CORPUS CHRISTI, Texas — Cyclist groups gather for the main reason of safety. They feel safer riding in larger groups.
Avid Corpus Christi cyclist Shirin Delsooz is looking for a change from the city. She has started an online petition for more safe bike lanes throughout the city.
“When it comes to cycling there is not a single area you can do in this city without fearing for your life,” Delsooz said.
Her biggest gripe is that the city’s lanes don’t line up with recommendations from the Federal Highway Administration. That design features a barrier between vehicles and bicycles. These are not regulations the city is bound to.
“They had a plan for a lot of bike paths," said Delsooz. "The renderings were great, but they didn’t really implement it. They did a kind of half-hearted effort.
Among other complaints, Delsooz said the paving is unsafe and uneven and there isn't enough width to the lanes.
In a study by lawnstarter.com, Corpus Christi was ranked 159 out of 200 for best cycling cities. They were ranked 111 in safety.
“I’ve been here for many years now and I haven’t seen any change," she said. "So, that’s why I decided I had to take matters into my own hands. Actually, what really prompted me was having a kid of my own and I want them to be able to have a place for them to cycle without fearing for their lives.”
Cyclists like Tom Tagliabue have been hit while riding. Tagliabue was victim of a hit and run six years ago. He was riding on Ennis Joslin Road crossing north over S.P.I.D. He doesn't remember the crash.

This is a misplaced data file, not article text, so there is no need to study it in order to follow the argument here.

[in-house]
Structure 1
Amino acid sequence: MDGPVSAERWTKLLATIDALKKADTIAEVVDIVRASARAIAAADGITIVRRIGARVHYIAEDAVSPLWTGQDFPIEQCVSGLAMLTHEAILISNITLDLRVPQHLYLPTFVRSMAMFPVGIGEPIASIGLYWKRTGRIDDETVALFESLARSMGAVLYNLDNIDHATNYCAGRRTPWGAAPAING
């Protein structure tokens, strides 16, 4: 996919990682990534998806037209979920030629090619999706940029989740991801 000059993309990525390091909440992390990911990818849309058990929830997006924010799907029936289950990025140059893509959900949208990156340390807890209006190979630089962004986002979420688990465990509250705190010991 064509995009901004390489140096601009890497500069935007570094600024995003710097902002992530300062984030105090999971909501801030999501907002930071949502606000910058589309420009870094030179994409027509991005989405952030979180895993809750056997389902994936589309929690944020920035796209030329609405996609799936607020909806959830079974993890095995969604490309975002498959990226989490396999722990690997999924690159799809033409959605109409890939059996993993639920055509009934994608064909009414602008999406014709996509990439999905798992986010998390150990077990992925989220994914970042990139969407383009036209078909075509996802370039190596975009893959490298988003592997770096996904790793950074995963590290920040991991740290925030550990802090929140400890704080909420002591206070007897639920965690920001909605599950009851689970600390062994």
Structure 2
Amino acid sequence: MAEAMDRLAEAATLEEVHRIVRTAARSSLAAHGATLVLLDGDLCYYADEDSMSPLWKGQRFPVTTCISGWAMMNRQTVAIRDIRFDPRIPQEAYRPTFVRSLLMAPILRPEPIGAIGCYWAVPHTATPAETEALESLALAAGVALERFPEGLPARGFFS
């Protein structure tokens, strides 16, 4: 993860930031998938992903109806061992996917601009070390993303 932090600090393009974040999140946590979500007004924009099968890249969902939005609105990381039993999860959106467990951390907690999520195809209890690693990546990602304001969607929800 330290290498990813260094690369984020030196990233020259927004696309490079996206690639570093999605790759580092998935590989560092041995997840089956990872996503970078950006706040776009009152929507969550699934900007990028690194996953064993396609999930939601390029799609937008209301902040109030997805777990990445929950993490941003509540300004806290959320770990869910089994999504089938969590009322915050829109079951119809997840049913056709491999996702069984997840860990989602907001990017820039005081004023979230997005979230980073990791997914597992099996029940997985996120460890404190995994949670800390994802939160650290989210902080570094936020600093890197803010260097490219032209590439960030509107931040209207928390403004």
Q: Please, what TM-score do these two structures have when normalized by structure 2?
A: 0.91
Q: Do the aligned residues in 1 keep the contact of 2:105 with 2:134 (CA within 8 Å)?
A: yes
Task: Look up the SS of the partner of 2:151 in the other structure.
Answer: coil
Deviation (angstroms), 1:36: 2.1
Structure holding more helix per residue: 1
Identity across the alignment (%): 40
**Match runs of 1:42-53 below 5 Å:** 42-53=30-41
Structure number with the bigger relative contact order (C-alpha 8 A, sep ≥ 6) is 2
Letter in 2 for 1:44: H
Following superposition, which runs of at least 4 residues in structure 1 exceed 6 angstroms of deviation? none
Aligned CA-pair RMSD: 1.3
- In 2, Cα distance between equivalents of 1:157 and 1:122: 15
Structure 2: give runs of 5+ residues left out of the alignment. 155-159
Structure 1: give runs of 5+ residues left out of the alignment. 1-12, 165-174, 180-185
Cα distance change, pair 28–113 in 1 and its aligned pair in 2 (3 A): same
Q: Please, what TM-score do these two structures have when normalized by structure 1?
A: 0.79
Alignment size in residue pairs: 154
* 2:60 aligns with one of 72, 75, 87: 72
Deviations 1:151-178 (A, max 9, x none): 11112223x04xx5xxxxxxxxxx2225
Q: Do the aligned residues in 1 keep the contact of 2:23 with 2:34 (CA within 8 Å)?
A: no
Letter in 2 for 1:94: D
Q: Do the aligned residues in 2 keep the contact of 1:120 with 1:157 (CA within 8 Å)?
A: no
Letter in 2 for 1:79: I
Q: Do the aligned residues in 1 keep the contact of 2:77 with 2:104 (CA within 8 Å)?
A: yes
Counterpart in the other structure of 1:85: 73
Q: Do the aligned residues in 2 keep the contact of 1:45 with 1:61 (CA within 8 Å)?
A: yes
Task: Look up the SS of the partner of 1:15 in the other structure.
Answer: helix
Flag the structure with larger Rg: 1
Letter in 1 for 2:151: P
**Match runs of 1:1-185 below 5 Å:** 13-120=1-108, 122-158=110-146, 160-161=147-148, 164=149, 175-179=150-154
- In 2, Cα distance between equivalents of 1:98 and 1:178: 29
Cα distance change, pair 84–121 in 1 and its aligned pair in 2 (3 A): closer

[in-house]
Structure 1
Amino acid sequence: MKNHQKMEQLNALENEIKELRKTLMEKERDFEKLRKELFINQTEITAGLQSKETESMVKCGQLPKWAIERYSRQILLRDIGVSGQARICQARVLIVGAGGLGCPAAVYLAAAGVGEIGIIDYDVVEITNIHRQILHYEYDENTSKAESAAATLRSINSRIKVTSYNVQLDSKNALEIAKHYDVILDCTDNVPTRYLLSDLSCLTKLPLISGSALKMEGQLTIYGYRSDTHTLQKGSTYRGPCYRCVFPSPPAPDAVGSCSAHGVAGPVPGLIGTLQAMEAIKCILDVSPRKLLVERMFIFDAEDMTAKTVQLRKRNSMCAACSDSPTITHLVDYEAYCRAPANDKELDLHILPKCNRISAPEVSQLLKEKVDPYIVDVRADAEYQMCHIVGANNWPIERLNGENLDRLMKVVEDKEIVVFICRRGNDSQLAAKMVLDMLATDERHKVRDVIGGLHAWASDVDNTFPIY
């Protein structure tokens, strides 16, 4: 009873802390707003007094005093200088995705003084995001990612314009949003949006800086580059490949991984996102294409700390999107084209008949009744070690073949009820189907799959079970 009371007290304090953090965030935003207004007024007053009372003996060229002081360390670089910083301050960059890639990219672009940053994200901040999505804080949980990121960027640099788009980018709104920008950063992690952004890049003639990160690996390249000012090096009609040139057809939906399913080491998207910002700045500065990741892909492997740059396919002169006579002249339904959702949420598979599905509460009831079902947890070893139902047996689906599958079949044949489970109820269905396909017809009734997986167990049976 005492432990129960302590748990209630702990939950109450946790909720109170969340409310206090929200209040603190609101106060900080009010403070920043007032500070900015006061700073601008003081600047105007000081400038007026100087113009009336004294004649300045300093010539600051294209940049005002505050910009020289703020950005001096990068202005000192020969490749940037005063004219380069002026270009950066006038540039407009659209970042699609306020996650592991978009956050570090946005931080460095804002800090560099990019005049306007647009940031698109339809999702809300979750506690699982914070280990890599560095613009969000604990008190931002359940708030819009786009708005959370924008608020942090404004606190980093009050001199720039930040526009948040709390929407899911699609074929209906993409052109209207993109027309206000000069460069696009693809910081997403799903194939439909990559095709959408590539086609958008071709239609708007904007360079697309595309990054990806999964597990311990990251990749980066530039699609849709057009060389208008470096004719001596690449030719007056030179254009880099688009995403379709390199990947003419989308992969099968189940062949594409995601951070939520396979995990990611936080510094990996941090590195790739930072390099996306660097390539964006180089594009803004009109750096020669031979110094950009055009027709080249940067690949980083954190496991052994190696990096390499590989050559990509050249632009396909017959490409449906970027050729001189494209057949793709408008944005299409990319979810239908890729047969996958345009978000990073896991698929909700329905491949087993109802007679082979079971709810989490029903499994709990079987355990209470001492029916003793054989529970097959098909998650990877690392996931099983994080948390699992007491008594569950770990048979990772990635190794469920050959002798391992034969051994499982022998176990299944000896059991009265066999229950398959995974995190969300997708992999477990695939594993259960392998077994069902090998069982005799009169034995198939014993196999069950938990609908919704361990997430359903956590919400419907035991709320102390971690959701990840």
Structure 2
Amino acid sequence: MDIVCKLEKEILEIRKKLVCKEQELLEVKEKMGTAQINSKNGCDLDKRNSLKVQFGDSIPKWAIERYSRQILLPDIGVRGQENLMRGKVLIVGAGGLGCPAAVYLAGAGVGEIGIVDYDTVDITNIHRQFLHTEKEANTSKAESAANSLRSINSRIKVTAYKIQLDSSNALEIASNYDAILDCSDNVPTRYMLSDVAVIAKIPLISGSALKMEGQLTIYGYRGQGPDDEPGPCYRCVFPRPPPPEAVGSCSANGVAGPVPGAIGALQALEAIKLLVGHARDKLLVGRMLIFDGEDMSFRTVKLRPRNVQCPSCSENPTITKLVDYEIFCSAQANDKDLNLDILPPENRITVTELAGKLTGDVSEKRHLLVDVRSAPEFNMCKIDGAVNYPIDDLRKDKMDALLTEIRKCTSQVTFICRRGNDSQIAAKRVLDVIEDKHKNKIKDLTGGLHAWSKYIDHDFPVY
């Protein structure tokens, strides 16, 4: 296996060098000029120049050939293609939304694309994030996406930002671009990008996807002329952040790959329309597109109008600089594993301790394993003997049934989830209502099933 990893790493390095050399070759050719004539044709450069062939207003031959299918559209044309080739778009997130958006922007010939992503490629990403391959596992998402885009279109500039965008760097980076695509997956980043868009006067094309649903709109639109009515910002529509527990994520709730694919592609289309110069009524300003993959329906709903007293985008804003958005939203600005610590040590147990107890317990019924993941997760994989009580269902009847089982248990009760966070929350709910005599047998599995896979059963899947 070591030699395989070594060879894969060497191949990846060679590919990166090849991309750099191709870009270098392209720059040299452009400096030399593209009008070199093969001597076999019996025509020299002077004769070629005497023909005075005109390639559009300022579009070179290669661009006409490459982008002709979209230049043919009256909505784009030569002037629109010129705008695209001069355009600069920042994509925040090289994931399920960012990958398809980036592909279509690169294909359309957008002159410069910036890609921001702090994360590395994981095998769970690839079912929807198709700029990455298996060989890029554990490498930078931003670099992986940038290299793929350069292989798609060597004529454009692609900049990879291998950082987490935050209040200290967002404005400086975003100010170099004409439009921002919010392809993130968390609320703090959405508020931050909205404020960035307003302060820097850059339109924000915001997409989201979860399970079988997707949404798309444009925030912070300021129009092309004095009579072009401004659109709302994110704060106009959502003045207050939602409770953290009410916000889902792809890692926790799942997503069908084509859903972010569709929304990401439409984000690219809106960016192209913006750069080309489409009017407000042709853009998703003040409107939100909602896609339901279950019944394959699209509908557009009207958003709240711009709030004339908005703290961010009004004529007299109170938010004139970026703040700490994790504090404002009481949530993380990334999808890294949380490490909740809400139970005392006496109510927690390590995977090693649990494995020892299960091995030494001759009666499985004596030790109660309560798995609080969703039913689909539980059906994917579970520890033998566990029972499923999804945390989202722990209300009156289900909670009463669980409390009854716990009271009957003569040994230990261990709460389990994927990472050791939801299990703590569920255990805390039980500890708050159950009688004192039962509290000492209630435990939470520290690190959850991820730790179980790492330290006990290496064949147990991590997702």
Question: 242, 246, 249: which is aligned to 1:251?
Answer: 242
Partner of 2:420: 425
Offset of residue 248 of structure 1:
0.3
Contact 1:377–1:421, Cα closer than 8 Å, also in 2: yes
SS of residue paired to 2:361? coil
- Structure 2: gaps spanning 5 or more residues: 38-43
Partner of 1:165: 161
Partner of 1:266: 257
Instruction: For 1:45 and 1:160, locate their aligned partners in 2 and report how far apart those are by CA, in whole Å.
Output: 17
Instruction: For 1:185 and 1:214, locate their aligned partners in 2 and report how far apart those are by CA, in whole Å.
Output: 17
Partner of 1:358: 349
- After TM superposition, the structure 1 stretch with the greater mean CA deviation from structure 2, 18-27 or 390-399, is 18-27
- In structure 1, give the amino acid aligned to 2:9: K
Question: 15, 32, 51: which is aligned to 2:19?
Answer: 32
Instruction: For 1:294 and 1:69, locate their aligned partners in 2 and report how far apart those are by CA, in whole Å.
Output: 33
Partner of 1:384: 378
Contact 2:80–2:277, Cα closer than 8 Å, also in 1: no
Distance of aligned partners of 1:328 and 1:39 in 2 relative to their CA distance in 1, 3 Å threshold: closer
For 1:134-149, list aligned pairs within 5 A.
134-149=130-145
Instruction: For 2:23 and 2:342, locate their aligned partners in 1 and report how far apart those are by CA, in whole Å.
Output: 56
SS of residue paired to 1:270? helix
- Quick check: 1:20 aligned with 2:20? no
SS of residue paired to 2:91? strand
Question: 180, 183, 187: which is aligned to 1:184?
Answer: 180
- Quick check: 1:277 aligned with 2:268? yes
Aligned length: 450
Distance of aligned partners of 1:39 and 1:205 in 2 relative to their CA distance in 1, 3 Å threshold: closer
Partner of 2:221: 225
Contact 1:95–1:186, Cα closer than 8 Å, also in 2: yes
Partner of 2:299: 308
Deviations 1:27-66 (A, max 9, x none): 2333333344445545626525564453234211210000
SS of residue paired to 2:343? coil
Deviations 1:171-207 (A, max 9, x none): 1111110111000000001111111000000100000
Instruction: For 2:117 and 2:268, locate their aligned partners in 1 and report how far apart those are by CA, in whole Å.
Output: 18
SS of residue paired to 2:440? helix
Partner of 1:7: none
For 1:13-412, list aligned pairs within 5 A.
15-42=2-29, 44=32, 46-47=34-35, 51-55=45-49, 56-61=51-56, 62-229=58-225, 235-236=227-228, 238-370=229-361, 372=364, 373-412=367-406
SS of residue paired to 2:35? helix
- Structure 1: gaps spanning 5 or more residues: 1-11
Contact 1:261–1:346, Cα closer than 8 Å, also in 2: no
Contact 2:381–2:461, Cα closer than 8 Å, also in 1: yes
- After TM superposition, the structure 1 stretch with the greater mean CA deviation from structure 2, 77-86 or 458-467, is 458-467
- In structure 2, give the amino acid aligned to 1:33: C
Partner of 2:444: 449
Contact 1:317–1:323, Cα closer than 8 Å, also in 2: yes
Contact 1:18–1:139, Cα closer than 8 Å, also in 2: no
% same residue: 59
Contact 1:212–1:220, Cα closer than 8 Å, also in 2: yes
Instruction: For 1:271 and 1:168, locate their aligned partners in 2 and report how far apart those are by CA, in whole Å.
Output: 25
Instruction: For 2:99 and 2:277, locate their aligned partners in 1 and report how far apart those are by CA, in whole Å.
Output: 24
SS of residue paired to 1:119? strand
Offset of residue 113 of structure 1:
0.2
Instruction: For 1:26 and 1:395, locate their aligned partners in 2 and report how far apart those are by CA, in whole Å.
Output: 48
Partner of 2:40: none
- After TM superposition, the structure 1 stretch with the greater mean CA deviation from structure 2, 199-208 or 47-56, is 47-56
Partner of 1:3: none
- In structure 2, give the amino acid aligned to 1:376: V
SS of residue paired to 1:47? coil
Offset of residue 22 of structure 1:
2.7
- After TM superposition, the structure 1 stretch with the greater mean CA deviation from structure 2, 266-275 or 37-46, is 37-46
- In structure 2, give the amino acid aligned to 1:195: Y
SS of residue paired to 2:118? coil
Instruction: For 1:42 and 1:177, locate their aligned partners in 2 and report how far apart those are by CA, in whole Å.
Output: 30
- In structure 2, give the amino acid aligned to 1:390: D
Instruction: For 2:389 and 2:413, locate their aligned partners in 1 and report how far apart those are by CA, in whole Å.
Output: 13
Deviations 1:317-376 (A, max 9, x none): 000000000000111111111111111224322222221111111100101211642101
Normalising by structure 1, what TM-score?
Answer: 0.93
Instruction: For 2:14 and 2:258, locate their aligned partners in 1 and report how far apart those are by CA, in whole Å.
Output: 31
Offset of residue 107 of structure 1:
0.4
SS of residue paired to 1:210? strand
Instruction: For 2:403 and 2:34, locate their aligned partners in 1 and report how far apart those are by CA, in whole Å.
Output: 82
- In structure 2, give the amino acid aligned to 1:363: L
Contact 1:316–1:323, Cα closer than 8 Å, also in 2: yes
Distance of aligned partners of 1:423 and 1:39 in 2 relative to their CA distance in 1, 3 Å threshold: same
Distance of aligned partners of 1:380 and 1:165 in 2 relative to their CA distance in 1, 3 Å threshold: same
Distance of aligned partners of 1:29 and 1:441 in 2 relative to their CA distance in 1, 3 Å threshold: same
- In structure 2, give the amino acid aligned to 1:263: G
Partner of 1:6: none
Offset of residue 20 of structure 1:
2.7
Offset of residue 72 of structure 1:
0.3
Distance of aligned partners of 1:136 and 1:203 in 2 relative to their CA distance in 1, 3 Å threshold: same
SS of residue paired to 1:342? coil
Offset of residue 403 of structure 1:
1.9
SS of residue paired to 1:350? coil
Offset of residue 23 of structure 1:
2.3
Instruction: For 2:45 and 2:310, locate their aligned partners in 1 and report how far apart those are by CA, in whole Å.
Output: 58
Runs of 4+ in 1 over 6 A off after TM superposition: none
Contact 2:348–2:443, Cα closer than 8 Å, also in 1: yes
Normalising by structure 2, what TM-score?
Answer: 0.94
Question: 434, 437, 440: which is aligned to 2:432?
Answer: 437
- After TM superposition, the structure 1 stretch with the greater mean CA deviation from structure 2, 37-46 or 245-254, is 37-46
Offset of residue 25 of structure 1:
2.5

“I was hit and knocked over and had my head hit the side of the curb," said Tagliabue. "I was knocked unconscious. There was a student pilot from Naval Air Station-Corpus Christi here at the gas station. He came over took care of me.”
Tagliabue awoke later on in the hospital. The driver drove away and didn't stop. Now he feels like the streets are too dangerous to drive on. He's only rode on them once in the six years since the crash.
"I don't feel like the streets are paved well enough, that the bike lanes are wide enough, that there's a physical separation between vehicular traffic and bicycle traffic," Tagliabue said. "And that just makes it unsafe that I don't feel comfortable doing it."
Delsooz has already tried going to city hall. She said no one has been able to give her answers of where the problem is and how it can resolve it.
"We don't know exactly who the decision makers are because when I ask the city council members they tell me it's the director of planning," she said. "And when I ask the director of planning they tell me it's the engineering department. When I call the engineering department they tell me that no one's there and they don't have an email address."
City officials who would be able to comment weren't available on Wednesday. Instead assistant city manager Neiman Young gave us this statement.
“The City of Corpus Christi takes cycling safety very seriously and strives to design bike paths that are safe, functional and convenient to the cyclist, pedestrians and motorists. Our Vision Zero Program, in which our community is heavily invested, starts with the belief that everyone has the right to move safely in their communities and that system designers and policymakers share the responsibility to ensure safe systems for travel. In addition, as the City continues in its development of the 10-Year Parks and Recreation Master Plan (PRMP), increasing pedestrian connectivity and bicycle paths remains an integral part of our recreational strategy. We highly encourage citizens that want to have a role in the development of the PRMP to participate in the surveys and virtual town halls, which can be found here: www.cctexas.com/parksmasterplan [cctexas.com].”
According to the Texas Department of Transportation, this map details the city’s bike lanes. The blue lines represent what is planned and green represents what exists.
Delsooz has a website where you can find a link to the petition, a mock email to send to city officials and where group rides take place.